January 31, 2014
To read the full letter, click ‘read more’ below » Read More
US Patent and Trademark Office (courtesy USPTO.gov)
Patent reform is an issue that is rarely given as much attention in the media in comparison to health care, taxes, etc. However, it is extremely important and the current state of the US patent system is in need of reform, specifically when it comes to its litigation practices. President Obama discussed patent reform in his State of the Union speech Tuesday night stressing the importance of a viable structure for the patent system and TPA believes that the patent system must welcome reforms that encourage further creativity and strengthen the overall patent process. That is why TPA, along with American Commitment, American Consumer Institute, Americans for Prosperity, Americans for Tax Reform, Center for Individual Freedom, Frontiers of Freedom, Property Rights Alliance, and the Small Business & Entrepreneurship Council signed a letter from Digital Liberty to the Senate Judiciary Committee calling attention to the work that needs to be done regarding patent reform.
January 21, 2014
Roodstown Castle, Co. Louth, Ireland (Courtesy Wikimedia Commons)
In addition to the work that the Taxpayers Protection Alliance (TPA) does in the United States, TPA has been involved in issues that reach across the world including Australia, Europe, and Uganda to make sure that elected officials are spending taxpayer dollars wisely and creating a business friendly climate that is beneficial to taxpayers, consumers, and businesses. One issue in particular that TPA has been following is ‘plain packaging’ of tobacco products (read previous work by TPA here). Specifically, in Australia in 2012, the nation passed a law that “prevents tobacco advertising and promotion of tobacco products and tobacco product packaging by making it an offence to sell, supply, purchase, package or manufacture tobacco products or packaging for retail sale that are not compliant with plain packaging requirements.” The results have been disastrous. Now, Ireland appears to be headed in a similar direction. Today, TPA sent a letter to Taoiseach (Ireland’s equivalent of Prime Minister) Enda Kenny, and the Irish government, to urge them to not adopt plain packaging regulations. Australia has shown us that plain packaging is the wrong policy and that this policy harms businesses and taxpayers. If Ireland adopts plain packaging rules it will hurt taxpayers, consumers, and businesses in both in Ireland and the United States.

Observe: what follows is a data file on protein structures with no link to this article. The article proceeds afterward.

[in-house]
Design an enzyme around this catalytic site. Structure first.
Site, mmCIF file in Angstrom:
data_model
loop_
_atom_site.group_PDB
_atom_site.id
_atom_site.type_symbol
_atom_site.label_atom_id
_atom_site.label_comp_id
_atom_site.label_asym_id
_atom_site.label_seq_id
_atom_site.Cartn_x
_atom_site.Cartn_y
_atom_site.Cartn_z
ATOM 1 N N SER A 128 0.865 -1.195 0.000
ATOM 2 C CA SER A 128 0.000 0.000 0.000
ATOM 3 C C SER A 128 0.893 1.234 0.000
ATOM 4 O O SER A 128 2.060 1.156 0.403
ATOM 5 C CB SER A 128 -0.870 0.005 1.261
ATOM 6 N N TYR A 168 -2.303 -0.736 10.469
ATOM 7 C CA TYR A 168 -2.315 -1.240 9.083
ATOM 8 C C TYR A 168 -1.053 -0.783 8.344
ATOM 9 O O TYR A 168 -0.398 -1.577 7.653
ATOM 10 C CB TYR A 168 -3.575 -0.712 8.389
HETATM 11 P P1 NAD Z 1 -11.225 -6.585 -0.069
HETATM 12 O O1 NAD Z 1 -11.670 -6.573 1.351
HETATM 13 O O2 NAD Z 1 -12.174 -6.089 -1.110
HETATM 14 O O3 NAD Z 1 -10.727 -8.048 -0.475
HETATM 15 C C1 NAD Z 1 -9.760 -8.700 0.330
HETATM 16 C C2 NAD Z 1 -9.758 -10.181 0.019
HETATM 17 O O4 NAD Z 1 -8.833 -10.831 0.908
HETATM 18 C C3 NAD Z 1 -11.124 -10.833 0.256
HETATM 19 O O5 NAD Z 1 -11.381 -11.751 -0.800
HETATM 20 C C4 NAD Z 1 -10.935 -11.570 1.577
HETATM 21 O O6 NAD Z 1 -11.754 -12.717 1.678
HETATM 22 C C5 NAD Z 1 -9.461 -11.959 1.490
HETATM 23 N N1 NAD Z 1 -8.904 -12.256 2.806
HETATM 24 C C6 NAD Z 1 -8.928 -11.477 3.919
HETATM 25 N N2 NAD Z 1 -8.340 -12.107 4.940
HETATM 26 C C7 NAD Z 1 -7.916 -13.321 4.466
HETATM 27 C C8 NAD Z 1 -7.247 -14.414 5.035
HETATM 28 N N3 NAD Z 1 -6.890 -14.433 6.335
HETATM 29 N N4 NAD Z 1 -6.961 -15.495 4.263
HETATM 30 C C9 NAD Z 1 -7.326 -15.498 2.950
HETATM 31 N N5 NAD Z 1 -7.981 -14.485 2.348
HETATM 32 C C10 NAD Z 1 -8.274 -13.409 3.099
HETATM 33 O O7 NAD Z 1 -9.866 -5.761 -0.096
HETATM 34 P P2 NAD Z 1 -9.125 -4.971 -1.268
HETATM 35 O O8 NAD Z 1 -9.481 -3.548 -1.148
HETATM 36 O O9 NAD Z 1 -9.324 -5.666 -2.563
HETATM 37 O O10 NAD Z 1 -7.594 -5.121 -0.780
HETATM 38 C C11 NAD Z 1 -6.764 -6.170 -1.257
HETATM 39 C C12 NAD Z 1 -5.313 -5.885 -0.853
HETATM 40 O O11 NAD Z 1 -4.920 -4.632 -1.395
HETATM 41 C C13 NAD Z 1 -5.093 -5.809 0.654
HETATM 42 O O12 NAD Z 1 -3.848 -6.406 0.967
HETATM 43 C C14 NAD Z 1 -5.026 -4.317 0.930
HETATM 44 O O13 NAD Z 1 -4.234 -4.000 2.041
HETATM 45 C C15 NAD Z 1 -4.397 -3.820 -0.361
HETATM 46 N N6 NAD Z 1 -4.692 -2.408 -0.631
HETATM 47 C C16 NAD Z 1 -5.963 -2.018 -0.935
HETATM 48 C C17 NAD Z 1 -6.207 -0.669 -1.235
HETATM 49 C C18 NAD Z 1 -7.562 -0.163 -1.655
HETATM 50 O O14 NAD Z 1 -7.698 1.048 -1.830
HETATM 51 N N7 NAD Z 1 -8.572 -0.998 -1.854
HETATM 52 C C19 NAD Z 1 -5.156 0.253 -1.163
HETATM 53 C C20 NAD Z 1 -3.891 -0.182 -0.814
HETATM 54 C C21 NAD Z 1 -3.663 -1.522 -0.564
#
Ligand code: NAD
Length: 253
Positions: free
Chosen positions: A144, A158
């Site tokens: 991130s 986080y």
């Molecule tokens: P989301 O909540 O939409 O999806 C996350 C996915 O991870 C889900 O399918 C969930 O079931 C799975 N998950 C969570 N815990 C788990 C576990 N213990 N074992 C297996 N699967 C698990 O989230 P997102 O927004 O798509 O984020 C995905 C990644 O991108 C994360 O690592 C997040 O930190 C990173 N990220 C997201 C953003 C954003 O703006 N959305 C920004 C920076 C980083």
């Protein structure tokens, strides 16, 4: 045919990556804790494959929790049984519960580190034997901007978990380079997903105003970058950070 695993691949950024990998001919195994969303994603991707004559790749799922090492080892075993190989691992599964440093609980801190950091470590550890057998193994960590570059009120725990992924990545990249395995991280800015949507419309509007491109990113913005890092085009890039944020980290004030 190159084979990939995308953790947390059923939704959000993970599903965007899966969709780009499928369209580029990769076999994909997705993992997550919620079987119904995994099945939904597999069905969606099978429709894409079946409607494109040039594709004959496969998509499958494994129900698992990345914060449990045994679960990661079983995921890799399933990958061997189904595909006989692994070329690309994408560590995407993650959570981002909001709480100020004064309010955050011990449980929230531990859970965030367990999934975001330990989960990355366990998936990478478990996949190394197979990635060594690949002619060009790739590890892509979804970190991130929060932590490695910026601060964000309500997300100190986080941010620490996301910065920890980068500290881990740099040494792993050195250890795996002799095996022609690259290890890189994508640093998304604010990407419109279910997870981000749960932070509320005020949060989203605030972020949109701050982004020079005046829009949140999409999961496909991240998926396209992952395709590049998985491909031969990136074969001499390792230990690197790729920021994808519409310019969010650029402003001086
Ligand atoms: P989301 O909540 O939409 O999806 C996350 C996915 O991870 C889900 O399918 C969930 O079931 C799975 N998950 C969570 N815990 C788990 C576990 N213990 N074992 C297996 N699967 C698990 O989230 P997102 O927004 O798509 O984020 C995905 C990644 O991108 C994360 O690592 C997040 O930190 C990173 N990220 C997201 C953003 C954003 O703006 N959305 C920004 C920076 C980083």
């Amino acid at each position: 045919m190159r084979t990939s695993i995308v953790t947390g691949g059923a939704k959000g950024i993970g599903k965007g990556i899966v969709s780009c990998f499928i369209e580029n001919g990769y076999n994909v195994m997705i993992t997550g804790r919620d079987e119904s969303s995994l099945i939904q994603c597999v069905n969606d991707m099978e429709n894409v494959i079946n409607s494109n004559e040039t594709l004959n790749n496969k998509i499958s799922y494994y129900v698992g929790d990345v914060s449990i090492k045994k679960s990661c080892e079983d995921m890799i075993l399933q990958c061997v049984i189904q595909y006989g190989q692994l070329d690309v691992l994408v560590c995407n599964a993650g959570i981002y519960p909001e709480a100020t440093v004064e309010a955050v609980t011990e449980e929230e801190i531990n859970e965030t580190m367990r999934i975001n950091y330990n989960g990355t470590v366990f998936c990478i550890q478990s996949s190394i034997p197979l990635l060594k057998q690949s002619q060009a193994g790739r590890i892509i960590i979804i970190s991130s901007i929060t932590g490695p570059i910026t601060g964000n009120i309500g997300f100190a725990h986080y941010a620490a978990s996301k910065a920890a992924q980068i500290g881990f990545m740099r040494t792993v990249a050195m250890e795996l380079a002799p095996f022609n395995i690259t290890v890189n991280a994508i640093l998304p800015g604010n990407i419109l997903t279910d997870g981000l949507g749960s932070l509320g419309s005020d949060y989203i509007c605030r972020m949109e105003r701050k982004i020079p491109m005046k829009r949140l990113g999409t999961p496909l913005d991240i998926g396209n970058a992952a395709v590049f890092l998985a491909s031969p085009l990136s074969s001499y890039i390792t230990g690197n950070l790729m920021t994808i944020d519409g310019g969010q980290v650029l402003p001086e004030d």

To read the full letter, click 'read more' below. » Read More
November 26, 2012